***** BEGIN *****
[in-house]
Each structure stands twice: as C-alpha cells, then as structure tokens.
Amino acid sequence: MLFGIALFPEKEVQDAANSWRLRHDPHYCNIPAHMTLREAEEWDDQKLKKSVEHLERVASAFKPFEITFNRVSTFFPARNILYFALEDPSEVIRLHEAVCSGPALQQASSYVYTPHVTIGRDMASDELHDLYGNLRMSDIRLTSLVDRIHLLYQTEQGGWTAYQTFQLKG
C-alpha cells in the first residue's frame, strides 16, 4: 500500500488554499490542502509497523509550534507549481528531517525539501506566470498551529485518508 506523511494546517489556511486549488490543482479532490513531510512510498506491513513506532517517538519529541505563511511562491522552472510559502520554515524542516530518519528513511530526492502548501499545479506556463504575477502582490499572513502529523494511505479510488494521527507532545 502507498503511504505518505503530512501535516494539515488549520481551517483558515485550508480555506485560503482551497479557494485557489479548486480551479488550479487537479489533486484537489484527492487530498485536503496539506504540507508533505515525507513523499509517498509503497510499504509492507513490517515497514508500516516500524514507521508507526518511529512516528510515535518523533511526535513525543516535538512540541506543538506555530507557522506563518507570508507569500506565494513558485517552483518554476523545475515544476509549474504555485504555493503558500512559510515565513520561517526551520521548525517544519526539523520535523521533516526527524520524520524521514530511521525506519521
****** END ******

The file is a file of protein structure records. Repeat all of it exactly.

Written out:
[in-house]
Each structure stands twice: as C-alpha cells, then as structure tokens.
Amino acid sequence: MLFGIALFPEKEVQDAANSWRLRHDPHYCNIPAHMTLREAEEWDDQKLKKSVEHLERVASAFKPFEITFNRVSTFFPARNILYFALEDPSEVIRLHEAVCSGPALQQASSYVYTPHVTIGRDMASDELHDLYGNLRMSDIRLTSLVDRIHLLYQTEQGGWTAYQTFQLKG
C-alpha cells in the first residue's frame, strides 16, 4: 500500500488554499490542502509497523509550534507549481528531517525539501506566470498551529485518508 506523511494546517489556511486549488490543482479532490513531510512510498506491513513506532517517538519529541505563511511562491522552472510559502520554515524542516530518519528513511530526492502548501499545479506556463504575477502582490499572513502529523494511505479510488494521527507532545 502507498503511504505518505503530512501535516494539515488549520481551517483558515485550508480555506485560503482551497479557494485557489479548486480551479488550479487537479489533486484537489484527492487530498485536503496539506504540507508533505515525507513523499509517498509503497510499504509492507513490517515497514508500516516500524514507521508507526518511529512516528510515535518523533511526535513525543516535538512540541506543538506555530507557522506563518507570508507569500506565494513558485517552483518554476523545475515544476509549474504555485504555493503558500512559510515565513520561517526551520521548525517544519526539523520535523521533516526527524520524520524521514530511521525506519521